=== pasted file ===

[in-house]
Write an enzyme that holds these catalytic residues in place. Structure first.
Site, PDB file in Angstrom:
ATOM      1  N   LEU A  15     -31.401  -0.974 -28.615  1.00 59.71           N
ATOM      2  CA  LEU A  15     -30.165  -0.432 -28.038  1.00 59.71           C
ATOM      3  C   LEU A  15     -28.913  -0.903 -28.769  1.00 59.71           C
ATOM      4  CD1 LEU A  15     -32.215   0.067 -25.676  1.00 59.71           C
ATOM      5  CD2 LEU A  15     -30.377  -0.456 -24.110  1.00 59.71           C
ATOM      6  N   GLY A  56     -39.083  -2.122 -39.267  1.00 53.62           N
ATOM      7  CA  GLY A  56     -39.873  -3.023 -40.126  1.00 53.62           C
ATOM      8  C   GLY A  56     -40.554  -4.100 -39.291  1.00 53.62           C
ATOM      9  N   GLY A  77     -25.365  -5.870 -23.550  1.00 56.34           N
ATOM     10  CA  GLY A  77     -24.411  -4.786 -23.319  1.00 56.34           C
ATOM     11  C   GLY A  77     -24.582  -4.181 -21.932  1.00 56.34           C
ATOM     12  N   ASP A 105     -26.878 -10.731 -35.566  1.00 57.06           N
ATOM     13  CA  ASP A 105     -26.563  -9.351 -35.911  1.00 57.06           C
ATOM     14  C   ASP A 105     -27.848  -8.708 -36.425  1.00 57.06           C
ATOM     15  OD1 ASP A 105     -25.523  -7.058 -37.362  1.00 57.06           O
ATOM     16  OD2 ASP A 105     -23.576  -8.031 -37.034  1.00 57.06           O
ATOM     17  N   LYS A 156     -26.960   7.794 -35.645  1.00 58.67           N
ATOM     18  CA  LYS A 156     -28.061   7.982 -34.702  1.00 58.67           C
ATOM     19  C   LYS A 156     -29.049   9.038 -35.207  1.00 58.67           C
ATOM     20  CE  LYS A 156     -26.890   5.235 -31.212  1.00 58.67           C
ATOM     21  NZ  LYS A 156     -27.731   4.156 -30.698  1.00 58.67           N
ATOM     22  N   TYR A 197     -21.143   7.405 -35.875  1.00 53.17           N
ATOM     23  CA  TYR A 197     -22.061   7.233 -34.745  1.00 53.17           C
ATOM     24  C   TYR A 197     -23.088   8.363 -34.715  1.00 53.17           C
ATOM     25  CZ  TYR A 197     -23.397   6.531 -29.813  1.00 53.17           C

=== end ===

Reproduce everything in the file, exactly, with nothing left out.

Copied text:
[in-house]
Write an enzyme that holds these catalytic residues in place. Structure first.
Site, PDB file in Angstrom:
ATOM      1  N   LEU A  15     -31.401  -0.974 -28.615  1.00 59.71           N
ATOM      2  CA  LEU A  15     -30.165  -0.432 -28.038  1.00 59.71           C
ATOM      3  C   LEU A  15     -28.913  -0.903 -28.769  1.00 59.71           C
ATOM      4  CD1 LEU A  15     -32.215   0.067 -25.676  1.00 59.71           C
ATOM      5  CD2 LEU A  15     -30.377  -0.456 -24.110  1.00 59.71           C
ATOM      6  N   GLY A  56     -39.083  -2.122 -39.267  1.00 53.62           N
ATOM      7  CA  GLY A  56     -39.873  -3.023 -40.126  1.00 53.62           C
ATOM      8  C   GLY A  56     -40.554  -4.100 -39.291  1.00 53.62           C
ATOM      9  N   GLY A  77     -25.365  -5.870 -23.550  1.00 56.34           N
ATOM     10  CA  GLY A  77     -24.411  -4.786 -23.319  1.00 56.34           C
ATOM     11  C   GLY A  77     -24.582  -4.181 -21.932  1.00 56.34           C
ATOM     12  N   ASP A 105     -26.878 -10.731 -35.566  1.00 57.06           N
ATOM     13  CA  ASP A 105     -26.563  -9.351 -35.911  1.00 57.06           C
ATOM     14  C   ASP A 105     -27.848  -8.708 -36.425  1.00 57.06           C
ATOM     15  OD1 ASP A 105     -25.523  -7.058 -37.362  1.00 57.06           O
ATOM     16  OD2 ASP A 105     -23.576  -8.031 -37.034  1.00 57.06           O
ATOM     17  N   LYS A 156     -26.960   7.794 -35.645  1.00 58.67           N
ATOM     18  CA  LYS A 156     -28.061   7.982 -34.702  1.00 58.67           C
ATOM     19  C   LYS A 156     -29.049   9.038 -35.207  1.00 58.67           C
ATOM     20  CE  LYS A 156     -26.890   5.235 -31.212  1.00 58.67           C
ATOM     21  NZ  LYS A 156     -27.731   4.156 -30.698  1.00 58.67           N
ATOM     22  N   TYR A 197     -21.143   7.405 -35.875  1.00 53.17           N
ATOM     23  CA  TYR A 197     -22.061   7.233 -34.745  1.00 53.17           C
ATOM     24  C   TYR A 197     -23.088   8.363 -34.715  1.00 53.17           C
ATOM     25  CZ  TYR A 197     -23.397   6.531 -29.813  1.00 53.17           C